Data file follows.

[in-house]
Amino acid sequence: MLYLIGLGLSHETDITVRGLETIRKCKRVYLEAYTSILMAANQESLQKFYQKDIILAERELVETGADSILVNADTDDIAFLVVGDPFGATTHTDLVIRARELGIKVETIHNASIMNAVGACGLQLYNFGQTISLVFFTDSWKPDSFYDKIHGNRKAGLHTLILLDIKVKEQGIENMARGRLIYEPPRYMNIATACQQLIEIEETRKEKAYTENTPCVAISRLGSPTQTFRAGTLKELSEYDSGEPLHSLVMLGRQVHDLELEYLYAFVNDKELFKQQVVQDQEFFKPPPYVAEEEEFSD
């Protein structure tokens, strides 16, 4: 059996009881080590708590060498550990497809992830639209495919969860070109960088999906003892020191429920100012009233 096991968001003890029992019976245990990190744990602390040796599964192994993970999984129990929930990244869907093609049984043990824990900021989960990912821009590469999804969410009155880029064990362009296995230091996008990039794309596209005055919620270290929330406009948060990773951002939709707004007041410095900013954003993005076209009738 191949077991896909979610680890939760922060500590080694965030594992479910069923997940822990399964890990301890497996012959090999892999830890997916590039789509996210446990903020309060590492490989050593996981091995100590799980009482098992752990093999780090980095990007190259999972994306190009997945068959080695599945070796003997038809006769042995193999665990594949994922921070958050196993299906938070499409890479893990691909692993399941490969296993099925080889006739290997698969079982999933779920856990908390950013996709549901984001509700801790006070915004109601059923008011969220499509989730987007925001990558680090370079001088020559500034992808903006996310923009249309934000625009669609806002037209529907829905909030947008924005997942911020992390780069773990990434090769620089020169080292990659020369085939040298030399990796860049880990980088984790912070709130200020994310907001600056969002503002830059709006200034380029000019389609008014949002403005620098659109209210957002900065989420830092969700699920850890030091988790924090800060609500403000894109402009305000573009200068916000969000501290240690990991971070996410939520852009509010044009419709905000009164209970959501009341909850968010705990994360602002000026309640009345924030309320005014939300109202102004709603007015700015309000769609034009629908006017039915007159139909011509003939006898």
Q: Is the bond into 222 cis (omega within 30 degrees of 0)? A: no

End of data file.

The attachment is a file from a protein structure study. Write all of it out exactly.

[in-house]
Amino acid sequence: MLYLIGLGLSHETDITVRGLETIRKCKRVYLEAYTSILMAANQESLQKFYQKDIILAERELVETGADSILVNADTDDIAFLVVGDPFGATTHTDLVIRARELGIKVETIHNASIMNAVGACGLQLYNFGQTISLVFFTDSWKPDSFYDKIHGNRKAGLHTLILLDIKVKEQGIENMARGRLIYEPPRYMNIATACQQLIEIEETRKEKAYTENTPCVAISRLGSPTQTFRAGTLKELSEYDSGEPLHSLVMLGRQVHDLELEYLYAFVNDKELFKQQVVQDQEFFKPPPYVAEEEEFSD
């Protein structure tokens, strides 16, 4: 059996009881080590708590060498550990497809992830639209495919969860070109960088999906003892020191429920100012009233 096991968001003890029992019976245990990190744990602390040796599964192994993970999984129990929930990244869907093609049984043990824990900021989960990912821009590469999804969410009155880029064990362009296995230091996008990039794309596209005055919620270290929330406009948060990773951002939709707004007041410095900013954003993005076209009738 191949077991896909979610680890939760922060500590080694965030594992479910069923997940822990399964890990301890497996012959090999892999830890997916590039789509996210446990903020309060590492490989050593996981091995100590799980009482098992752990093999780090980095990007190259999972994306190009997945068959080695599945070796003997038809006769042995193999665990594949994922921070958050196993299906938070499409890479893990691909692993399941490969296993099925080889006739290997698969079982999933779920856990908390950013996709549901984001509700801790006070915004109601059923008011969220499509989730987007925001990558680090370079001088020559500034992808903006996310923009249309934000625009669609806002037209529907829905909030947008924005997942911020992390780069773990990434090769620089020169080292990659020369085939040298030399990796860049880990980088984790912070709130200020994310907001600056969002503002830059709006200034380029000019389609008014949002403005620098659109209210957002900065989420830092969700699920850890030091988790924090800060609500403000894109402009305000573009200068916000969000501290240690990991971070996410939520852009509010044009419709905000009164209970959501009341909850968010705990994360602002000026309640009345924030309320005014939300109202102004709603007015700015309000769609034009629908006017039915007159139909011509003939006898």
Q: Is the bond into 222 cis (omega within 30 degrees of 0)? A: no